(Oddly, the letter is undated, and I find myself unable to recall the date the first contest’s winners were announced. All I remember for sure is “fall 1997,” so I guess a ballpark guess will just have to do. Sucks getting old(er), amirite?)

honor-coverThis is something of a retcon on my part, as back then I had no real aspirations of being “a writer.” It wasn’t a path I’d remotely considered, as at the time I was neck deep in my career as a software developer, having made the transition from military service to the private sector just a year previously. That feeling didn’t change during the next two years, as I submitted stories to the next two SNW contests (and earned a place in the table of contents for the resulting anthologies). Only when John called me and asked if I wanted to write a full-blown Star Trek novel for him did start to wonder – just a bit – if there was something to this whole writing thing.

To be honest, I still wonder that, pretty much all the time, all these years later. And yet, here we are, twenty years later, and I think there’s a chance I might stick with it.

So, yeah: Twenty years. I’m not a “big name” or anything. I’m not one of those writers who will ever be recognized or remembered in passing. There won’t be any big movie or TV deals waiting in the wings for anything I write, but none of that really matters. I’m having fun, and I have a readership who makes up for their modest numbers with their unrelenting enthusiasm and support. I’m totally good with that.

The biggest thing to come out of that first contest was my meeting Kevin Dilmore. What began with him interviewing me as one of the contest’s eighteen winners has become an enduring friendship that I treasure. Indeed, he’s ‘ohana; a member of my family. There a many, many other people I’ve met and befriended since then; people I’d never know if not for this rather odd adventure, which began with that first short story.

I’ve benefitted from several opportunities which I’d otherwise never have received, including a handful of genuine, “Are you kidding me? That that just happen?” moments. There have been a bunch of novels and other short stories during these past twenty years, and there are countless people to thank for this journey I’ve undertaken, so many of whom have expended time, energy, and money in some manner on my behalf. Most important among that group: the readers who’ve accepted the invitation to travel with me every time there’s a new story with my name on the by-line. To anyone who at some point took a chance on me, you have my heartfelt thanks.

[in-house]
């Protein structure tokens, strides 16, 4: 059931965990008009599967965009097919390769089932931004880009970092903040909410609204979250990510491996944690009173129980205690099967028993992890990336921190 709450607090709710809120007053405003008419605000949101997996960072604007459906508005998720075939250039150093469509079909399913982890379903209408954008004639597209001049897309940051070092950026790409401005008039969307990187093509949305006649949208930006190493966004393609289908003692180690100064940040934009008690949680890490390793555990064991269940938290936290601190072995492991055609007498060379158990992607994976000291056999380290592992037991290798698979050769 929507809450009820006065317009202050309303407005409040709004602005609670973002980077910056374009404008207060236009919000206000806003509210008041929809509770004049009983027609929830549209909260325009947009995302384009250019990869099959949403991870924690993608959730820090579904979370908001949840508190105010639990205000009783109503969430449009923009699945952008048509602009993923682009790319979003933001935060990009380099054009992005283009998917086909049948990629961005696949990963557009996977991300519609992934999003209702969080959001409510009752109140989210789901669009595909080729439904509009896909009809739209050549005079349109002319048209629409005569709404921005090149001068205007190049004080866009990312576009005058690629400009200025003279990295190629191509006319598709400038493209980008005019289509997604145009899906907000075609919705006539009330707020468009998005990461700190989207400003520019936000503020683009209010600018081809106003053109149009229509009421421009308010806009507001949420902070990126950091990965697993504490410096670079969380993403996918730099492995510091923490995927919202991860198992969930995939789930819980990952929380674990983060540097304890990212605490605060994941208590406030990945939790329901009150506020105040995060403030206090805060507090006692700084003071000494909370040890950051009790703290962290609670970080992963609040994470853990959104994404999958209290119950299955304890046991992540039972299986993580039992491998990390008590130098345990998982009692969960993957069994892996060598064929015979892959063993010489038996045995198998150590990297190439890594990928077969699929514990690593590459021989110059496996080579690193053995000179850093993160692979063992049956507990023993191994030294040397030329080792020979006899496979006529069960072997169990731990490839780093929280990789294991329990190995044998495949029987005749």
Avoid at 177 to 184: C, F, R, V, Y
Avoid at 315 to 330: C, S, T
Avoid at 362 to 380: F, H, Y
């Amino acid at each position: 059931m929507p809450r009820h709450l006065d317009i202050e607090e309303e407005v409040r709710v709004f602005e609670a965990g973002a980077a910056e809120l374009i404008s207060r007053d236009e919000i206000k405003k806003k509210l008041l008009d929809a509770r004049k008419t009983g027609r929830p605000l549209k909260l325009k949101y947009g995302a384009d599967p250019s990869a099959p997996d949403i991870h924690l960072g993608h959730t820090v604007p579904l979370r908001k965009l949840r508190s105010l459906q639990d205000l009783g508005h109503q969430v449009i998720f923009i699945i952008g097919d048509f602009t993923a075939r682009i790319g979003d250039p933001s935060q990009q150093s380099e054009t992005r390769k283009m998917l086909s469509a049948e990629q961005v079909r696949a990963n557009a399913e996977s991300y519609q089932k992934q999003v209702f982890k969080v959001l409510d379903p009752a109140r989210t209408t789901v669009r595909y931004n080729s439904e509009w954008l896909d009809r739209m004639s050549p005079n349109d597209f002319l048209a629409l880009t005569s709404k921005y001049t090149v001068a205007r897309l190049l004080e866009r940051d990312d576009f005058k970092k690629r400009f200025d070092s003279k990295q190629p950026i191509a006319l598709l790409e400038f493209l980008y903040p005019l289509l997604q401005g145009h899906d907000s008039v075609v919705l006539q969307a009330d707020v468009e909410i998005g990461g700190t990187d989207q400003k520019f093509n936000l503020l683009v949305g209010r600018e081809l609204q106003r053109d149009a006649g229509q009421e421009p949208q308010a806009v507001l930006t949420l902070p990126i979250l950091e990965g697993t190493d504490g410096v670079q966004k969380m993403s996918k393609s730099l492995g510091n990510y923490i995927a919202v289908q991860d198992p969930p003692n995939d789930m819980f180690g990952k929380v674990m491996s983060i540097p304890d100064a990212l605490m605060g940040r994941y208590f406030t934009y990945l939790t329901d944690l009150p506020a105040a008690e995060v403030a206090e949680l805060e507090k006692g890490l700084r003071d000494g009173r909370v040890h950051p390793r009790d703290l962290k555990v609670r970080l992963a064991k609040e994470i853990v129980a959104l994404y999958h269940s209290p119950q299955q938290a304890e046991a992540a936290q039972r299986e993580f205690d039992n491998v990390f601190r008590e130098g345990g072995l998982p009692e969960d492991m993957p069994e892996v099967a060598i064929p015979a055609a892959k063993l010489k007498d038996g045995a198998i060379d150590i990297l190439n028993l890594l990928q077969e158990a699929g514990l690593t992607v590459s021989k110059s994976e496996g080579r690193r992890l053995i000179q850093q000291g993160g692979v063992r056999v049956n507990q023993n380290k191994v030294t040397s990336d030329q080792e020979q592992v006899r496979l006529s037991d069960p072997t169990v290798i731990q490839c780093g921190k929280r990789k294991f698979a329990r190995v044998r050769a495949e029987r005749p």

Then there’s my wife, Michi, of course. She’s been with me every step of the way, my biggest supporter and loudest, most enthusiastic cheerleader. I literally couldn’t have done any of this without her in my corner.

What will the next twenty years bring? Damifino. Guess we’ll just have to see what we see.

Now, if you’ll excuse me, I need to finish reviewing this latest novel manuscript.


“5 Questions” with me, @ Ninetoes Loves Books!

I don’t know how I managed to overlook yammering about this earlier in the week, but it seems I did. Chalk it up to trying to knock out a few pending projects and clear the decks for some new stuff getting ladled onto my plate during the coming week.

Anyway, I was contacted a month or so ago by Darren Perdue, who writes and maintains the blog Ninetoes Loves Books, which is devoted to exactly the topic its name implies. One of the blog’s recurring features is “5 Questions,” which Darren poses to various authors. My responses to his five queries were posted on September 11th, and I completely forgot to mention anything about it before now, because…well…because I’m a bonehead, or something.

Anyway, for those interested in seeing my answers to Darren’s “5 Questions” feature, you can mosey on over and check them out here:

Ninetoes Loves Books: 5 Questions With Dayton Ward

Many thanks to Darren for opting to feature me in his space and for giving me a chance to babble for a bit!


ReWard: Writing for “Exposure?” We’re Still On That?

While culling through this morning’s batch of e-Mail, I came across not one but two — count ’em, TWO — “invitations” to write for someone or something. No payment was offered, of course, and the language of the e-Mails themselves suggested none would be forthcoming. Indeed, perhaps my even wondering about such things might be viewed as a crime against the purity of the written word, blah blah blah.

Yep, you guessed it: I’d been offered the chance to write “for the exposure.”

Setting aside my initial thought that I’d never heard of a) the people sending the e-Mail or b) the publishing endeavor they claimed to represent, I next reaction was, “Are you fucking kidding me? We’re still doing that?”

Of course we are.

A couple of years ago during my stint writing for the Novel Spaces blog, I wrote about the long debated “writing for exposure” chestnut. Rather than regurgitate the gist of that earlier column, I figured I’d just make a few updates and tweaks before regurgitating it in full right here! Read on:

Continue reading “ReWard: Writing for “Exposure?” We’re Still On That?”